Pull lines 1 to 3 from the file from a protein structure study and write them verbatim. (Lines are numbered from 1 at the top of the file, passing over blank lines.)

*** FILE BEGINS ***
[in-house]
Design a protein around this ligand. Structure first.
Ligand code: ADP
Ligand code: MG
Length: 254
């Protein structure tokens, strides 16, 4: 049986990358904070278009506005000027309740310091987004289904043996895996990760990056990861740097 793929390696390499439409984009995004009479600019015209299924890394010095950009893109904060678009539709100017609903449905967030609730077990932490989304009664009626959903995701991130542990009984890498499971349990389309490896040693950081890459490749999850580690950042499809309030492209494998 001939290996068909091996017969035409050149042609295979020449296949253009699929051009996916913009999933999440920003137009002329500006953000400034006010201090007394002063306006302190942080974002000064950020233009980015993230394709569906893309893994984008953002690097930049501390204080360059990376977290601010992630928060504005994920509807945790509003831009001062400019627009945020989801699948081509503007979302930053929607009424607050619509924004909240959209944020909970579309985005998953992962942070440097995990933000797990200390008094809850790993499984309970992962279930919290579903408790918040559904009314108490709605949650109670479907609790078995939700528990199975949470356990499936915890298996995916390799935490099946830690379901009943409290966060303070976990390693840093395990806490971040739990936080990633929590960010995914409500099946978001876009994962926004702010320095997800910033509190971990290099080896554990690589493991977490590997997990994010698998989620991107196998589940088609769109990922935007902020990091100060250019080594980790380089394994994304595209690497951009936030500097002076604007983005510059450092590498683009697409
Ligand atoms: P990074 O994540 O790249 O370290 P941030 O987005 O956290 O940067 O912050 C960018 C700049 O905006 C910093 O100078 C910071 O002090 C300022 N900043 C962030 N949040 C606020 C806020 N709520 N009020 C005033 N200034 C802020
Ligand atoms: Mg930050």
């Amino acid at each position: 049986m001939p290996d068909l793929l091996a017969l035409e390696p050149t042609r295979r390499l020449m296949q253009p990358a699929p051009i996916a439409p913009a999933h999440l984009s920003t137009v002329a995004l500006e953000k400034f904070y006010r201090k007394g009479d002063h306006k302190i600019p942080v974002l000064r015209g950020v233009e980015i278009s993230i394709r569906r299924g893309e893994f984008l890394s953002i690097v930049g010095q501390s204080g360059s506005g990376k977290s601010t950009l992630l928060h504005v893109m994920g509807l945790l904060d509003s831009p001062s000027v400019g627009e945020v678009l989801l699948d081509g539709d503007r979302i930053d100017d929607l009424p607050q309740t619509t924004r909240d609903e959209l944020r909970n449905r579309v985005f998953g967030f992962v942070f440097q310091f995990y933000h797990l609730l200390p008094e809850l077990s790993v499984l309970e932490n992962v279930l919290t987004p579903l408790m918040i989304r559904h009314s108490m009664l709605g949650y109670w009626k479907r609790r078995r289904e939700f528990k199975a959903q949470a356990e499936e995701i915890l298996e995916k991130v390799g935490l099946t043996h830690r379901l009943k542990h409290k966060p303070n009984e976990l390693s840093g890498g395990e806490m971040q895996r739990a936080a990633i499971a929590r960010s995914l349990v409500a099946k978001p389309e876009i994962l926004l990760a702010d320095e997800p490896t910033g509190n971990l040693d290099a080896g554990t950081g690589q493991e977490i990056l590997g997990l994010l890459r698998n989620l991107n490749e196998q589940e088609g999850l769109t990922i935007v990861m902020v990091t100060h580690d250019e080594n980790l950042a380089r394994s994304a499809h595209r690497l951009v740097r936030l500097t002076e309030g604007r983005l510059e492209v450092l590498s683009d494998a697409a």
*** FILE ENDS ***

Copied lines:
[in-house]
Design a protein around this ligand. Structure first.
Ligand code: ADP